MVRDV’s client hired the designers to make a housing complex with 100 units for elderly residents. No matter how MVRDV looked at the site and requirements, there wasn’t a good way to make the housing units fit. That’s when someone half-jokingly started gluing units to the building’s exterior.

Suddenly, a concept appeared. It solved a crucial problem and made a unique addition to Amsterdam’s architecture.

Reiyukai Shakaden Temple in Tokyo, Japan

Shakaden Temple in Tokyo looks like an imposing, black pyramid among Tokyo’s more festive buildings. It might look like a landlocked version of the Death Star, but the monks who occupy the building use their time promoting spirituality and world peace.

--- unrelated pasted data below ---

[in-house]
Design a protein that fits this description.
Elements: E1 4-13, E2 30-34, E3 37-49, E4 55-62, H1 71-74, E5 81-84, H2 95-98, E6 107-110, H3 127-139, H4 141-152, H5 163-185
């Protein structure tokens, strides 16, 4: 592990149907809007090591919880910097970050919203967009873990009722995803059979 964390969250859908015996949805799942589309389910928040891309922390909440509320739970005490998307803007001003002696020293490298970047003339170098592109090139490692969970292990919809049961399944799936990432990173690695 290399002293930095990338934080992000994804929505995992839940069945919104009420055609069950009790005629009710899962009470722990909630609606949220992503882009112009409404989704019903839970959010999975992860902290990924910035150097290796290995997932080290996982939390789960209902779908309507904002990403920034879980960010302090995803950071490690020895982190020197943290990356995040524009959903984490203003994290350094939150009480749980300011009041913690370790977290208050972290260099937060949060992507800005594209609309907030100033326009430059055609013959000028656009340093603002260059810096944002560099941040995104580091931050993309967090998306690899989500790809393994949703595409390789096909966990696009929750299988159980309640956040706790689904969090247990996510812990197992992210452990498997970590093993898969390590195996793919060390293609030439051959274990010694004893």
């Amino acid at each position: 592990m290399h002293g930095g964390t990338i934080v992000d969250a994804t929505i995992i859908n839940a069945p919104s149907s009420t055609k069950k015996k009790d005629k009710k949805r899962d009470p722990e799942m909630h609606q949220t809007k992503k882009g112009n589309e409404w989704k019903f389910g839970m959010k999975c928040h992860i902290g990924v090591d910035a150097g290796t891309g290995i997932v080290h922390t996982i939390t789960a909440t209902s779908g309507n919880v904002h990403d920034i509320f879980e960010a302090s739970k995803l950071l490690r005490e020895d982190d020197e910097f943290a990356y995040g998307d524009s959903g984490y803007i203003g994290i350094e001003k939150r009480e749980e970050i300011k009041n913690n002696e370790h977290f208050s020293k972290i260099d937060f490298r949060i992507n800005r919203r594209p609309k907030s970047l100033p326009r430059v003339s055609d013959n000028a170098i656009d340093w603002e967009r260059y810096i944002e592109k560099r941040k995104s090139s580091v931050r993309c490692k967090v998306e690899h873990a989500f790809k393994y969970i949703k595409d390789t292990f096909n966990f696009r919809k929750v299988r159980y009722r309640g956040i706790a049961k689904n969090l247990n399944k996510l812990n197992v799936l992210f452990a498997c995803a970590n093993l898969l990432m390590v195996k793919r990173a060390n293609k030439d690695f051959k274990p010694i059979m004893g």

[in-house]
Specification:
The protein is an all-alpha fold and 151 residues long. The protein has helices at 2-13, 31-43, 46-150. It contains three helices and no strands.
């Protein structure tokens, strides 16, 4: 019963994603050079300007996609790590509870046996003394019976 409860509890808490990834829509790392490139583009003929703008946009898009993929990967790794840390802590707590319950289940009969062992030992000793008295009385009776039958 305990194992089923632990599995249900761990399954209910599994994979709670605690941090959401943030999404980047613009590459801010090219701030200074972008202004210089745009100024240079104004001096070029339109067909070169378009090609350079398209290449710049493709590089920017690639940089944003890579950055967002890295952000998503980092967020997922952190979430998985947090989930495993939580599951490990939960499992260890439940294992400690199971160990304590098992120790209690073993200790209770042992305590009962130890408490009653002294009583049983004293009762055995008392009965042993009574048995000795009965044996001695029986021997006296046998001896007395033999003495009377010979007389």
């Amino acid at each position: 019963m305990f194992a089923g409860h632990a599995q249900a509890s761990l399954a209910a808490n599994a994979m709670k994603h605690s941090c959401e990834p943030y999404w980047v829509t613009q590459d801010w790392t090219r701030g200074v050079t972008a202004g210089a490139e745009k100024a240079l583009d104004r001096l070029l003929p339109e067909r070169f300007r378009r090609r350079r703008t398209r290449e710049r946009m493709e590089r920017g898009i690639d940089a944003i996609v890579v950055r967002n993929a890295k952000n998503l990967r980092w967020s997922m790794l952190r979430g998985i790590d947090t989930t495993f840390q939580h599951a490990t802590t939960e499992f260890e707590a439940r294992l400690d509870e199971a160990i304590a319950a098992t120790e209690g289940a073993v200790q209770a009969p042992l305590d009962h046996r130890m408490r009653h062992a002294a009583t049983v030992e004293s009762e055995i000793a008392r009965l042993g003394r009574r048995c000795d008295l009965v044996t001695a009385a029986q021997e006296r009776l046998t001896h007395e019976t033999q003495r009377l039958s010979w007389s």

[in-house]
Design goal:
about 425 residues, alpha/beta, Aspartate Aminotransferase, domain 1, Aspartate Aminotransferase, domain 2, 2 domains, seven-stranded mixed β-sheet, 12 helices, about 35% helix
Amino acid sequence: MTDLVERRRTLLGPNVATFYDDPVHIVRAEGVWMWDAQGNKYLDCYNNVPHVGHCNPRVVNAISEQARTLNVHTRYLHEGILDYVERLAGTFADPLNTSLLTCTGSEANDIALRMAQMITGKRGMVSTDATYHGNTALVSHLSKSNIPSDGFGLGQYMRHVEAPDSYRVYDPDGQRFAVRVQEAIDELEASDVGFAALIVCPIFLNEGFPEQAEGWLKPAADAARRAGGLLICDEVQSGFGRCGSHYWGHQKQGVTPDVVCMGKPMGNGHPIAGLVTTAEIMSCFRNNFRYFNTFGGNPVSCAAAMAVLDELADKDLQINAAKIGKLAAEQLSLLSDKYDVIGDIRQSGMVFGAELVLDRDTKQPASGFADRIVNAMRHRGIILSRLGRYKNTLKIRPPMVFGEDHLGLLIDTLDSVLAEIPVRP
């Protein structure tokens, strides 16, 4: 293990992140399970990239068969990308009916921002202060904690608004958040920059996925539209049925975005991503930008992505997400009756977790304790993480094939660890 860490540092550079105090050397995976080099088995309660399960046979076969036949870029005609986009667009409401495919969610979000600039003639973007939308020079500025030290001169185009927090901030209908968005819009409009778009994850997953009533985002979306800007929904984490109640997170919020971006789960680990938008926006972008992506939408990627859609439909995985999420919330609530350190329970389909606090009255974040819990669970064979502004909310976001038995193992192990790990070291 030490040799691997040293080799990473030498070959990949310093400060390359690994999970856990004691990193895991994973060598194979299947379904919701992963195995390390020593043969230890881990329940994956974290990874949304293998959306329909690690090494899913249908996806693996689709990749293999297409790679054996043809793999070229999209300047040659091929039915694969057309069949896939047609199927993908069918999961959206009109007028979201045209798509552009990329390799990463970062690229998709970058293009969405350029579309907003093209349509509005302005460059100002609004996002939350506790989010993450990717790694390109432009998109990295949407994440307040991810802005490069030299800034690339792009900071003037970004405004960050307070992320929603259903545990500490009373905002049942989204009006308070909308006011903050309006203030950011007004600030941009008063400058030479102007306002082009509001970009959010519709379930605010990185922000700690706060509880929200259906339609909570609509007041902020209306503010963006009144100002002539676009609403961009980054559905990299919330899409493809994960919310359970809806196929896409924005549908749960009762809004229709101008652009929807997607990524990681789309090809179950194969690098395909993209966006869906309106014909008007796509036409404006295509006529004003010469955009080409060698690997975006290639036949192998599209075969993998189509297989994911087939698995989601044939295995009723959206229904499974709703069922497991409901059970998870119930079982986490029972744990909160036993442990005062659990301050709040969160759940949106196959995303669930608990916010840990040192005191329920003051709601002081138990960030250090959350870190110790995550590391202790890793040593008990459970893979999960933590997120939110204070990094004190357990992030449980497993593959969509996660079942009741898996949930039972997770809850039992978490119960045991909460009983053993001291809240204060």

The temple was built in 1975 as the headquarters of Inner Trip Reiyukai (ITR), a modern offshoot of Buddhism that started in the 1930s.

Shakaden Temple manages to look both old and futuristic. That aesthetic makes a lot of sense when one considers that ITR attempts to fuse traditional and modern concepts.

Inside, visitors will find living quarters, a large meditation room, and 400 tons of drinking water, just in case a major disaster strikes Tokyo. This is a great city to explore while in Asia.

St. Coletta School in Washington, DC

St. Coletta School breaks the rules in a fun way that makes it the perfect place for students of all ages.
While the school looks like five independent buildings, they are all connected by a central hall. Each school house has its own shape and color. That makes it look a bit strange to anyone familiar with public schools in the US.

It’s even a bigger surprise in Washington, DC, where schools have struggled to find the proper financing needed for better student performance, let alone innovative architectural features.